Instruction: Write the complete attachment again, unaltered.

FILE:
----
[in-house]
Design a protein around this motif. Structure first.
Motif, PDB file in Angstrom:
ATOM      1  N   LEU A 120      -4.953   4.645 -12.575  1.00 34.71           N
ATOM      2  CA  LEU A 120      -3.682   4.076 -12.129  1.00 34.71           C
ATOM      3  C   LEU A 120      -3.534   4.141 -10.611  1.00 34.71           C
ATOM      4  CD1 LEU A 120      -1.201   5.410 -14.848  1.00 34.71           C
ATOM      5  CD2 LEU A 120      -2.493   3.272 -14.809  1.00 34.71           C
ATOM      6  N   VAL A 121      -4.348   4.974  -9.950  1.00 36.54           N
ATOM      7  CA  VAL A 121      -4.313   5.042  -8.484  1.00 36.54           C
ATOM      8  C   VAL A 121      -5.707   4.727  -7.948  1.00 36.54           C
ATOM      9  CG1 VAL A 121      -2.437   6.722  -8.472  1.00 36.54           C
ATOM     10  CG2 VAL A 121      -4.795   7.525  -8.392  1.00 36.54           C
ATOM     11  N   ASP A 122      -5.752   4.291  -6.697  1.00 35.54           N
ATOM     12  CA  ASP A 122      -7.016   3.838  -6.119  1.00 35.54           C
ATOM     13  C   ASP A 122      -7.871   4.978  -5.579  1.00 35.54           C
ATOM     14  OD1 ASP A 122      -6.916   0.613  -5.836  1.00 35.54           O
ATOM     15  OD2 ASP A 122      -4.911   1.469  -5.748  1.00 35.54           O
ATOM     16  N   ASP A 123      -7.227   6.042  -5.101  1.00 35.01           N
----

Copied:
[in-house]
Design a protein around this motif. Structure first.
Motif, PDB file in Angstrom:
ATOM      1  N   LEU A 120      -4.953   4.645 -12.575  1.00 34.71           N
ATOM      2  CA  LEU A 120      -3.682   4.076 -12.129  1.00 34.71           C
ATOM      3  C   LEU A 120      -3.534   4.141 -10.611  1.00 34.71           C
ATOM      4  CD1 LEU A 120      -1.201   5.410 -14.848  1.00 34.71           C
ATOM      5  CD2 LEU A 120      -2.493   3.272 -14.809  1.00 34.71           C
ATOM      6  N   VAL A 121      -4.348   4.974  -9.950  1.00 36.54           N
ATOM      7  CA  VAL A 121      -4.313   5.042  -8.484  1.00 36.54           C
ATOM      8  C   VAL A 121      -5.707   4.727  -7.948  1.00 36.54           C
ATOM      9  CG1 VAL A 121      -2.437   6.722  -8.472  1.00 36.54           C
ATOM     10  CG2 VAL A 121      -4.795   7.525  -8.392  1.00 36.54           C
ATOM     11  N   ASP A 122      -5.752   4.291  -6.697  1.00 35.54           N
ATOM     12  CA  ASP A 122      -7.016   3.838  -6.119  1.00 35.54           C
ATOM     13  C   ASP A 122      -7.871   4.978  -5.579  1.00 35.54           C
ATOM     14  OD1 ASP A 122      -6.916   0.613  -5.836  1.00 35.54           O
ATOM     15  OD2 ASP A 122      -4.911   1.469  -5.748  1.00 35.54           O
ATOM     16  N   ASP A 123      -7.227   6.042  -5.101  1.00 35.01           N